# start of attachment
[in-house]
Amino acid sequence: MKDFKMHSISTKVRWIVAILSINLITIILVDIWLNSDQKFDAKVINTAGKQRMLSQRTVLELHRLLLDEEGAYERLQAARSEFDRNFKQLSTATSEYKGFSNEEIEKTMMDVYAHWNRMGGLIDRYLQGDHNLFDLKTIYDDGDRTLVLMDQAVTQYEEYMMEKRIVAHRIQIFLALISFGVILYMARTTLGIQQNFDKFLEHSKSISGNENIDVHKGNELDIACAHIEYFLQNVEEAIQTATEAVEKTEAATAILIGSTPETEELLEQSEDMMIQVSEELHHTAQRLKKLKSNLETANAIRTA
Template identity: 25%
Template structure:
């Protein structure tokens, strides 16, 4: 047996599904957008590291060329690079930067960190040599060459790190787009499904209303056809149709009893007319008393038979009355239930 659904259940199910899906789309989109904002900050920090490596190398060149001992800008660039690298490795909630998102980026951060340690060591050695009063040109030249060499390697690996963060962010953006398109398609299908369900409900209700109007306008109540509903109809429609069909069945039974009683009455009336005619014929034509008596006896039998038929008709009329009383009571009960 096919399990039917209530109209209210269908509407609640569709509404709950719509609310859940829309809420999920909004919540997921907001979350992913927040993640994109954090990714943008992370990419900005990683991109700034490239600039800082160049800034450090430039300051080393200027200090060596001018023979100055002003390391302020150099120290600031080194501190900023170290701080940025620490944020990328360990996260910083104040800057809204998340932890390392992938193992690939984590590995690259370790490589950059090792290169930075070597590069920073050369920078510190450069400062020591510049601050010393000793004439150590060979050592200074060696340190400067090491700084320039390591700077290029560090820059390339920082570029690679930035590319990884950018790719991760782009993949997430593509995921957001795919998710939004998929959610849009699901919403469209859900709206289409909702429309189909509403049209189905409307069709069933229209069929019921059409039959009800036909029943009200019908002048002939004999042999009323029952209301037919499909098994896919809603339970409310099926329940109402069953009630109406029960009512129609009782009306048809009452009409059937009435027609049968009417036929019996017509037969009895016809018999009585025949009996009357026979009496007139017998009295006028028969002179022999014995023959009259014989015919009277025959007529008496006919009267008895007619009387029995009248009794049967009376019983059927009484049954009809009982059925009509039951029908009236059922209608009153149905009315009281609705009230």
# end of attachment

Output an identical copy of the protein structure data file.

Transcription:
[in-house]
Amino acid sequence: MKDFKMHSISTKVRWIVAILSINLITIILVDIWLNSDQKFDAKVINTAGKQRMLSQRTVLELHRLLLDEEGAYERLQAARSEFDRNFKQLSTATSEYKGFSNEEIEKTMMDVYAHWNRMGGLIDRYLQGDHNLFDLKTIYDDGDRTLVLMDQAVTQYEEYMMEKRIVAHRIQIFLALISFGVILYMARTTLGIQQNFDKFLEHSKSISGNENIDVHKGNELDIACAHIEYFLQNVEEAIQTATEAVEKTEAATAILIGSTPETEELLEQSEDMMIQVSEELHHTAQRLKKLKSNLETANAIRTA
Template identity: 25%
Template structure:
């Protein structure tokens, strides 16, 4: 047996599904957008590291060329690079930067960190040599060459790190787009499904209303056809149709009893007319008393038979009355239930 659904259940199910899906789309989109904002900050920090490596190398060149001992800008660039690298490795909630998102980026951060340690060591050695009063040109030249060499390697690996963060962010953006398109398609299908369900409900209700109007306008109540509903109809429609069909069945039974009683009455009336005619014929034509008596006896039998038929008709009329009383009571009960 096919399990039917209530109209209210269908509407609640569709509404709950719509609310859940829309809420999920909004919540997921907001979350992913927040993640994109954090990714943008992370990419900005990683991109700034490239600039800082160049800034450090430039300051080393200027200090060596001018023979100055002003390391302020150099120290600031080194501190900023170290701080940025620490944020990328360990996260910083104040800057809204998340932890390392992938193992690939984590590995690259370790490589950059090792290169930075070597590069920073050369920078510190450069400062020591510049601050010393000793004439150590060979050592200074060696340190400067090491700084320039390591700077290029560090820059390339920082570029690679930035590319990884950018790719991760782009993949997430593509995921957001795919998710939004998929959610849009699901919403469209859900709206289409909702429309189909509403049209189905409307069709069933229209069929019921059409039959009800036909029943009200019908002048002939004999042999009323029952209301037919499909098994896919809603339970409310099926329940109402069953009630109406029960009512129609009782009306048809009452009409059937009435027609049968009417036929019996017509037969009895016809018999009585025949009996009357026979009496007139017998009295006028028969002179022999014995023959009259014989015919009277025959007529008496006919009267008895007619009387029995009248009794049967009376019983059927009484049954009809009982059925009509039951029908009236059922209608009153149905009315009281609705009230």